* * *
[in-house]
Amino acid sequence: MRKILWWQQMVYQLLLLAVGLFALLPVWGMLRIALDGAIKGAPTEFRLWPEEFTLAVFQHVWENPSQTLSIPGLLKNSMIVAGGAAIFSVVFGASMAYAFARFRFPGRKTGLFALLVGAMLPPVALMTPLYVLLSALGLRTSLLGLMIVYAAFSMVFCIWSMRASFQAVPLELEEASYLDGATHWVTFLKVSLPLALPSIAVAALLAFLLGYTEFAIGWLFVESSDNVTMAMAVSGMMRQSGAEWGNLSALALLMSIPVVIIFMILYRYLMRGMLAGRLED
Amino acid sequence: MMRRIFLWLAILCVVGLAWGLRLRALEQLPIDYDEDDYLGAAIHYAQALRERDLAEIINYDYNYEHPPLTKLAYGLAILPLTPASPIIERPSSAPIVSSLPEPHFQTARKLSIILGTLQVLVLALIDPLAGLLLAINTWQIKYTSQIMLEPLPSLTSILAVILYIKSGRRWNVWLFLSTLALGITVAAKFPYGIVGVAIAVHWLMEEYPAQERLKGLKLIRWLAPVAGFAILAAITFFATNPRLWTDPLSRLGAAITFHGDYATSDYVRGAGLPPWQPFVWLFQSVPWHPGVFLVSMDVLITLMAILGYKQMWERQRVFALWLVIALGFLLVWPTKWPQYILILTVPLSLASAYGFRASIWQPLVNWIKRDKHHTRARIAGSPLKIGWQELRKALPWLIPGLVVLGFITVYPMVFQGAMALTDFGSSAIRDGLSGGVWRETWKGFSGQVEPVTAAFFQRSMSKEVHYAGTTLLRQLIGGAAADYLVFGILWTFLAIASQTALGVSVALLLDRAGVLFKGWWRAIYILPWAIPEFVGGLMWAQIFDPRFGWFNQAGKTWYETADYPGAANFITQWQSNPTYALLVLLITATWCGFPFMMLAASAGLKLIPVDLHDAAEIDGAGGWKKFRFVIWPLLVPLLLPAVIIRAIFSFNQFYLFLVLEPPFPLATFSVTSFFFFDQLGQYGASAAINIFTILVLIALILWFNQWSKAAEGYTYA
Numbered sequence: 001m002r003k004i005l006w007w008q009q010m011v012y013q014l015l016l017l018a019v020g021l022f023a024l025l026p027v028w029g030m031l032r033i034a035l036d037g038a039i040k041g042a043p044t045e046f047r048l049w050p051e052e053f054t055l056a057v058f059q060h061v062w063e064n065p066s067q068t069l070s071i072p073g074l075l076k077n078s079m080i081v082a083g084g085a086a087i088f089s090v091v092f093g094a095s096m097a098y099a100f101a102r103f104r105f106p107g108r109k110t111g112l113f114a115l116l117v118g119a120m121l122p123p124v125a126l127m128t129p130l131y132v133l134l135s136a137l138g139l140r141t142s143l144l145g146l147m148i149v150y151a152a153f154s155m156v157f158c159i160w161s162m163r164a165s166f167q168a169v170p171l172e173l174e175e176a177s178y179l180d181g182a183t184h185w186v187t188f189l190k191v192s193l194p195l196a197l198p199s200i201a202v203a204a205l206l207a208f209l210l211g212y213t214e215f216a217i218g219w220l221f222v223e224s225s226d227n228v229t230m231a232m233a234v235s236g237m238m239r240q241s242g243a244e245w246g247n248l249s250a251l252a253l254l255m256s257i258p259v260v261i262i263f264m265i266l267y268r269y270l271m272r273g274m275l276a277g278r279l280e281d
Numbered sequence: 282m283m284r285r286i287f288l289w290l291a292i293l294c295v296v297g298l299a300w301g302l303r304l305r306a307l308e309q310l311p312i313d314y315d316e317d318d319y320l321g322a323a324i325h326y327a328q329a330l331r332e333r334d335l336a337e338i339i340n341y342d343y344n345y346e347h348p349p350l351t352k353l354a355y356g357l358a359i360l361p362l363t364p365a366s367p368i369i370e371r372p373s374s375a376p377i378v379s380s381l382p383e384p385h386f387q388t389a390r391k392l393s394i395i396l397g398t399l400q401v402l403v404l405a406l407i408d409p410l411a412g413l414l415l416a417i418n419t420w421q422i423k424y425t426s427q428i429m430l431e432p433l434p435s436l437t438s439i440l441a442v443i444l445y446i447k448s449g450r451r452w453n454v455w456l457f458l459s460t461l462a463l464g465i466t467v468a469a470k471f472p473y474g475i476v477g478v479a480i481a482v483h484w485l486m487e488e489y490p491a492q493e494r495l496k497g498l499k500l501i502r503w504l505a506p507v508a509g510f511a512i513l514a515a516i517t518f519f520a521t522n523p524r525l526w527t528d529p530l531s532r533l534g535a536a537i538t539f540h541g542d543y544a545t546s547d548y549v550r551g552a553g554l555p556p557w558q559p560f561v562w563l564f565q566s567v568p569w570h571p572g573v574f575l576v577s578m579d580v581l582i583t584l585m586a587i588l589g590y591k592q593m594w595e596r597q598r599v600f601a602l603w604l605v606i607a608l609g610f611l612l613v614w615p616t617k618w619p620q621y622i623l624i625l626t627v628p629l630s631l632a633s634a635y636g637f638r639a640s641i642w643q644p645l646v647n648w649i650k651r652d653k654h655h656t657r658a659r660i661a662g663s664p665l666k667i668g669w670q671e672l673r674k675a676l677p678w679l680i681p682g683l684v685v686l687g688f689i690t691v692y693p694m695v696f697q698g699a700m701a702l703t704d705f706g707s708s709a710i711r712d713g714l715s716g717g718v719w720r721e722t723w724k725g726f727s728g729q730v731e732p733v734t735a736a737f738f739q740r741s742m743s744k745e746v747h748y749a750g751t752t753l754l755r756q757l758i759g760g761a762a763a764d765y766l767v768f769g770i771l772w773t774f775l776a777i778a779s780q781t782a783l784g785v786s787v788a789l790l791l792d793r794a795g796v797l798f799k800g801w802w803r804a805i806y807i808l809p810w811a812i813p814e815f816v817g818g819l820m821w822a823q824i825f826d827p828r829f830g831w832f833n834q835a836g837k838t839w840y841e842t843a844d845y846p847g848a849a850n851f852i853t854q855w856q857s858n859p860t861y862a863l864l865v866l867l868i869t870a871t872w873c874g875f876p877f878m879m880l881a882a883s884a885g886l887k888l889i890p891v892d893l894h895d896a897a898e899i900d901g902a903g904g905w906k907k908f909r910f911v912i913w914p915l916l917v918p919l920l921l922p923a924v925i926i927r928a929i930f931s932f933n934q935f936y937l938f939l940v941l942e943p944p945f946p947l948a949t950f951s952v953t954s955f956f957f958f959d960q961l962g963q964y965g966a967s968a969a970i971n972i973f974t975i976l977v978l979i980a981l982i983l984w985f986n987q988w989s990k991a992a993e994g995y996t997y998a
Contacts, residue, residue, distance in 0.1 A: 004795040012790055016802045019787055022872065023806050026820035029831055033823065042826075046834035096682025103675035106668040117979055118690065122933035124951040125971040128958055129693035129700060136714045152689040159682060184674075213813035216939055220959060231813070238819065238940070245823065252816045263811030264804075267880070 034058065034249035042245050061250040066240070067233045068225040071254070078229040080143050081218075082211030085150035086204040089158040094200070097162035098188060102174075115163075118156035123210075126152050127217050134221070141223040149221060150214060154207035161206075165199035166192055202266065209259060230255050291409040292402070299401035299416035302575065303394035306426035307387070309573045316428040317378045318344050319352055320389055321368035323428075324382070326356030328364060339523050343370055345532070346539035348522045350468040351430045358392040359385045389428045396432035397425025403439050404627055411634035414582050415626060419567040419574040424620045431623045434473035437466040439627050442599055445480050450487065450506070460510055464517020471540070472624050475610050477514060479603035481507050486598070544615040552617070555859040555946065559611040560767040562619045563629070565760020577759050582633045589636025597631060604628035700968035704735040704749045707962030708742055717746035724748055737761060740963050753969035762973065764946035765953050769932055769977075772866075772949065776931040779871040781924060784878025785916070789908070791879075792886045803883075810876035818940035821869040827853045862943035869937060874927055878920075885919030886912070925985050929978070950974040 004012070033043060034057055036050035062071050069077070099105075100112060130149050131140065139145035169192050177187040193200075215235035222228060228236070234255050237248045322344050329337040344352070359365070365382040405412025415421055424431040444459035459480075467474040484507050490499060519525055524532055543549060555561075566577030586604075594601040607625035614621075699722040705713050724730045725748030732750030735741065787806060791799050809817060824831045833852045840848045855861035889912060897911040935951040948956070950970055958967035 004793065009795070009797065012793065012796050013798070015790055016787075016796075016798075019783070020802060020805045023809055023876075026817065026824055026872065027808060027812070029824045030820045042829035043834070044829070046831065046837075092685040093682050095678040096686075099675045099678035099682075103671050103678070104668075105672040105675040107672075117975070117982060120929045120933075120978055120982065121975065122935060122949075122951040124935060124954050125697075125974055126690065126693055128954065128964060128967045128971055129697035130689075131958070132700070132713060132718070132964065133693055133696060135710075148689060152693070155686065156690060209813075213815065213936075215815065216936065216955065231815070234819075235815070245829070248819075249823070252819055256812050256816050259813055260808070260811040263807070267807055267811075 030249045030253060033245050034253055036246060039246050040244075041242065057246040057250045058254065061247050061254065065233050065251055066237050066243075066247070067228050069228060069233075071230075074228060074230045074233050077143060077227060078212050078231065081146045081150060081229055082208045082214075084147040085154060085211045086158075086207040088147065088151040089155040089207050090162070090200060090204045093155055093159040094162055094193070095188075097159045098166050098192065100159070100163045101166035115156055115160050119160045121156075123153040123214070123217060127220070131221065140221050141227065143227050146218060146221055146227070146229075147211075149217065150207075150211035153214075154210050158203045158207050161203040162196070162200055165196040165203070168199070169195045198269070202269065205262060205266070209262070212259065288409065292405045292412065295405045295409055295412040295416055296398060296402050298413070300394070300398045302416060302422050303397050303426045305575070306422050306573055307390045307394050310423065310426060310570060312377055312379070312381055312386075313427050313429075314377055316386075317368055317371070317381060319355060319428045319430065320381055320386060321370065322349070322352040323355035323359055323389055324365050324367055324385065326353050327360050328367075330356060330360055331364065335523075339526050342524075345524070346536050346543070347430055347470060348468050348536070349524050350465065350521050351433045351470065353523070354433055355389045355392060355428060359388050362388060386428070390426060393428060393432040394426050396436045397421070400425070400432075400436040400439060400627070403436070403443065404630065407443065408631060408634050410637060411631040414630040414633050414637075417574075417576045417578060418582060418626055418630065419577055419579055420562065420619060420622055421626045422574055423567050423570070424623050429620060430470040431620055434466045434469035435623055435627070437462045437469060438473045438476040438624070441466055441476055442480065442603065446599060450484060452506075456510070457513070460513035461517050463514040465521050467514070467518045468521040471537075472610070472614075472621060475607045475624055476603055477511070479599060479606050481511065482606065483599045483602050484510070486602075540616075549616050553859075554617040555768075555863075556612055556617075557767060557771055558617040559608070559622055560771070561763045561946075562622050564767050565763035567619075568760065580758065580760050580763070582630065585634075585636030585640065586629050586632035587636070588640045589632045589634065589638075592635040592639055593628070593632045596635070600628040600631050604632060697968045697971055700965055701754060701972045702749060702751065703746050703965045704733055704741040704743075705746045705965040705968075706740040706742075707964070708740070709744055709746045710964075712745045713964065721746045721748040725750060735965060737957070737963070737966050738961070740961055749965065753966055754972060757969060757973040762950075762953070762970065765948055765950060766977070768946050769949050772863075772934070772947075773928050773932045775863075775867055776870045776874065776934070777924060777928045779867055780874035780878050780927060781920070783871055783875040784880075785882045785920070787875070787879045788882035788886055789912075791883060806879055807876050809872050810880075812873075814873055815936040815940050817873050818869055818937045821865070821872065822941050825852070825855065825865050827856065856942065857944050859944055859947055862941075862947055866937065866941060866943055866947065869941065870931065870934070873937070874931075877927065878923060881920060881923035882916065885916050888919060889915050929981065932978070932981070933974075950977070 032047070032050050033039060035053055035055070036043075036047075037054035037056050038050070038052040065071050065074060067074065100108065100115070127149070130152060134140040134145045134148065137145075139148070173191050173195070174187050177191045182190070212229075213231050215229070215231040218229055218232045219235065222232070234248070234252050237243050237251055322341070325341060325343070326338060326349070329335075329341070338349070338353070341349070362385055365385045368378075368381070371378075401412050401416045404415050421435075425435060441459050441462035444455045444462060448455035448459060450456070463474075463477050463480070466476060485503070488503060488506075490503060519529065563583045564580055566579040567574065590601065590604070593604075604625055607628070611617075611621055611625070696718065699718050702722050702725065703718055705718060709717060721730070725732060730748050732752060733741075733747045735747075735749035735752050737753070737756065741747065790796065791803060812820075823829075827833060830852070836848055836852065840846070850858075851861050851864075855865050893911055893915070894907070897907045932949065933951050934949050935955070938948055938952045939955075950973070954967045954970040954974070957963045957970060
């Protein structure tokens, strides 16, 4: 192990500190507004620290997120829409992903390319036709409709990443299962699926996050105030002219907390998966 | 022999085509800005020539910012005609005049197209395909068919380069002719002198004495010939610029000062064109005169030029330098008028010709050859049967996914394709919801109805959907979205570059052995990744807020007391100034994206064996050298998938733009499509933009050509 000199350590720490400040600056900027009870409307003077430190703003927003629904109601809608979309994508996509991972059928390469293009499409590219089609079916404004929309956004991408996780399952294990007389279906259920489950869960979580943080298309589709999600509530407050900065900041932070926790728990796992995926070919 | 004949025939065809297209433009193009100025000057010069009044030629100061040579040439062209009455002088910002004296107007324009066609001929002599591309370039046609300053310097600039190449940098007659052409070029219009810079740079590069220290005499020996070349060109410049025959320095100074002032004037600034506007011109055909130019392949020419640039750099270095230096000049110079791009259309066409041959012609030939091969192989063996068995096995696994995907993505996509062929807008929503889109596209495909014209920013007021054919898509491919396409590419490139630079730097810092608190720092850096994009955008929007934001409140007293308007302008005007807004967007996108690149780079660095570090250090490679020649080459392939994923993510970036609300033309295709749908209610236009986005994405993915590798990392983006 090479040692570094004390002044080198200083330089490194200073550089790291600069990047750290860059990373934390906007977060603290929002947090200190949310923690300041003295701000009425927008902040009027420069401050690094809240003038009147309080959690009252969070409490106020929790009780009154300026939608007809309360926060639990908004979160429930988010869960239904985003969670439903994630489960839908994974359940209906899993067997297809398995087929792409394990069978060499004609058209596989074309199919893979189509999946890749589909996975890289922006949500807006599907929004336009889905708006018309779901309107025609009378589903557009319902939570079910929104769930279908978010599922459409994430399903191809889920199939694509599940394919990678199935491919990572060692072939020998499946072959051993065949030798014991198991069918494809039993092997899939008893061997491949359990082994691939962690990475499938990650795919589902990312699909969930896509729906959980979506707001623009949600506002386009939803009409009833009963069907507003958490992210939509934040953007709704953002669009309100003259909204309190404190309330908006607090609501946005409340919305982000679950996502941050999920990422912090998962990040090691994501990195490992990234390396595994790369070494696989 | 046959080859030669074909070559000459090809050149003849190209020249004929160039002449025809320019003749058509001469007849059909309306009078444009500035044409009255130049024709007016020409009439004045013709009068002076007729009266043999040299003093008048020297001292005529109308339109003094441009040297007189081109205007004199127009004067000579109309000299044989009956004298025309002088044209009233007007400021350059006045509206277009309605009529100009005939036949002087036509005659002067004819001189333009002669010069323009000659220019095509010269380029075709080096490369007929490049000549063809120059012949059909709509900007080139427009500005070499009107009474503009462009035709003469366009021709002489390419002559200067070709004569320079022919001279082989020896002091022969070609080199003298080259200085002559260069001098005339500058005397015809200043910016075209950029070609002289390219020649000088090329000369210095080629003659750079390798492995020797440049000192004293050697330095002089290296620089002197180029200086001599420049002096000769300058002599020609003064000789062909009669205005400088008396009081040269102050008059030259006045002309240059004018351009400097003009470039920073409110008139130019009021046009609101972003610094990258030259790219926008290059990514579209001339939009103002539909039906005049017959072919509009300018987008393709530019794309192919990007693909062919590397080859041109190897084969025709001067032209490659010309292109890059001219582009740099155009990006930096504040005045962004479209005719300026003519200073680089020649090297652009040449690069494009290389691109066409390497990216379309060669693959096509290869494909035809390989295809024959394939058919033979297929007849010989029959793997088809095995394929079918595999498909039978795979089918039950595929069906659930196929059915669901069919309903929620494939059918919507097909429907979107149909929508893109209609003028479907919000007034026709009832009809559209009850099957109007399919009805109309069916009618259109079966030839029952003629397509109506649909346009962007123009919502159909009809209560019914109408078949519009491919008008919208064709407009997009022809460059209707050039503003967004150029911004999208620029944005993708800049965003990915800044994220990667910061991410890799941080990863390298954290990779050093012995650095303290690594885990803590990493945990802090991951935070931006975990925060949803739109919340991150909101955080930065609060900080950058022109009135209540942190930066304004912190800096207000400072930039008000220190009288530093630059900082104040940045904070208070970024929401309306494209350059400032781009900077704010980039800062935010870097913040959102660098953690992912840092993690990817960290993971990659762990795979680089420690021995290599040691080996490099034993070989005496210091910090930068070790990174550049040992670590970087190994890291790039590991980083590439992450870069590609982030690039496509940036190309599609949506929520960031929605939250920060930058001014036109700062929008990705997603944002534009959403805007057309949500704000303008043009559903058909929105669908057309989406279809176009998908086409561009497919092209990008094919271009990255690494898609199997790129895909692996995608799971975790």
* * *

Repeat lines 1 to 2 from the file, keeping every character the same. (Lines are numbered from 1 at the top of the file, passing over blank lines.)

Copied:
[in-house]
Amino acid sequence: MRKILWWQQMVYQLLLLAVGLFALLPVWGMLRIALDGAIKGAPTEFRLWPEEFTLAVFQHVWENPSQTLSIPGLLKNSMIVAGGAAIFSVVFGASMAYAFARFRFPGRKTGLFALLVGAMLPPVALMTPLYVLLSALGLRTSLLGLMIVYAAFSMVFCIWSMRASFQAVPLELEEASYLDGATHWVTFLKVSLPLALPSIAVAALLAFLLGYTEFAIGWLFVESSDNVTMAMAVSGMMRQSGAEWGNLSALALLMSIPVVIIFMILYRYLMRGMLAGRLED